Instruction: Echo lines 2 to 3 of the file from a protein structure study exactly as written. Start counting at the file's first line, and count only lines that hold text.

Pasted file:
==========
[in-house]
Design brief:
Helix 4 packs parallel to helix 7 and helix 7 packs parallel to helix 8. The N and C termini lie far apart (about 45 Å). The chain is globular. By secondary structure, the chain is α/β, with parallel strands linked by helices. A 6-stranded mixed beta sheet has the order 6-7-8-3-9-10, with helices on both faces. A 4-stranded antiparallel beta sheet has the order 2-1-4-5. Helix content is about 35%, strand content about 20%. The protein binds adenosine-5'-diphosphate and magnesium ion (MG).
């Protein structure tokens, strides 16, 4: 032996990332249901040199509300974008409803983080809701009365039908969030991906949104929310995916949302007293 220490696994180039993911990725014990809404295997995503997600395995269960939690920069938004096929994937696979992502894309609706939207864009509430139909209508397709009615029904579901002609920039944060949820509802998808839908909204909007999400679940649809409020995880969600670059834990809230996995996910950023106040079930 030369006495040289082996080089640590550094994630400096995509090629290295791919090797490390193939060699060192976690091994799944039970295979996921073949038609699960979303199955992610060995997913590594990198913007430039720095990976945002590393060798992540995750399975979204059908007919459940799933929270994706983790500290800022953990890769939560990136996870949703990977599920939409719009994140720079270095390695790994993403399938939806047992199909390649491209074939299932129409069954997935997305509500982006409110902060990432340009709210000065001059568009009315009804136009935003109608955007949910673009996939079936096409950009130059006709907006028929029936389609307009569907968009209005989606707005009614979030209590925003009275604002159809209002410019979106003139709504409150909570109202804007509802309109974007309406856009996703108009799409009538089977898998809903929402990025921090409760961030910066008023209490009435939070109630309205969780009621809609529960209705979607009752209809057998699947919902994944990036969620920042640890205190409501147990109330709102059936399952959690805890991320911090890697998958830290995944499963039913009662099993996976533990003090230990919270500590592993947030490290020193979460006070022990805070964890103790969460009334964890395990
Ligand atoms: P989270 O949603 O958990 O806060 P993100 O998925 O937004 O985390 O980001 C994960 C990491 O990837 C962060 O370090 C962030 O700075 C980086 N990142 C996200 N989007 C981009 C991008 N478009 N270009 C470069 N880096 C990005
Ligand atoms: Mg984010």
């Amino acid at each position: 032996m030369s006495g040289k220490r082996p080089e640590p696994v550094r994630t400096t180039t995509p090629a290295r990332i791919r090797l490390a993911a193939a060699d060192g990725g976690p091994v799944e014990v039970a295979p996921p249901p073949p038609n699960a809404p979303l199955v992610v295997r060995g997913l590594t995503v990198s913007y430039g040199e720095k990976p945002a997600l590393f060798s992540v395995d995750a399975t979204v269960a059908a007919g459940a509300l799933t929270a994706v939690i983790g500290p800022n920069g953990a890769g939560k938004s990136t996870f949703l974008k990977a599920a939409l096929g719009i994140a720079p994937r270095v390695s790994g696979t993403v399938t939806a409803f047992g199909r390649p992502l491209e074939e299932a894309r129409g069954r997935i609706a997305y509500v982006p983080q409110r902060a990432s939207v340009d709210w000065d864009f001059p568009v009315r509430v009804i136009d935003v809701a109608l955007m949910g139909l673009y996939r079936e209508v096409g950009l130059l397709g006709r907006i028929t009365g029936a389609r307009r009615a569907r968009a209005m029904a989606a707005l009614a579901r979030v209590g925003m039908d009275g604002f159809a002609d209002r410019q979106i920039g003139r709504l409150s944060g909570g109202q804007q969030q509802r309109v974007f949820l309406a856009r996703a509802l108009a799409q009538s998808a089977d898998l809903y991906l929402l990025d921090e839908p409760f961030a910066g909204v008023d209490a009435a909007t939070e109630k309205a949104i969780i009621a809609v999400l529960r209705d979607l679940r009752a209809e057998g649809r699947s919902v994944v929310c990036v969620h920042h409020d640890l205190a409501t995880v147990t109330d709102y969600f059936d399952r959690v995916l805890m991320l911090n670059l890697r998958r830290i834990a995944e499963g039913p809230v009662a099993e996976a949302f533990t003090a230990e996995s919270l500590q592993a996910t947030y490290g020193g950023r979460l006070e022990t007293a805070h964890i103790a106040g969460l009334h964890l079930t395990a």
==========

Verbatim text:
Design brief:
Helix 4 packs parallel to helix 7 and helix 7 packs parallel to helix 8. The N and C termini lie far apart (about 45 Å). The chain is globular. By secondary structure, the chain is α/β, with parallel strands linked by helices. A 6-stranded mixed beta sheet has the order 6-7-8-3-9-10, with helices on both faces. A 4-stranded antiparallel beta sheet has the order 2-1-4-5. Helix content is about 35%, strand content about 20%. The protein binds adenosine-5'-diphosphate and magnesium ion (MG).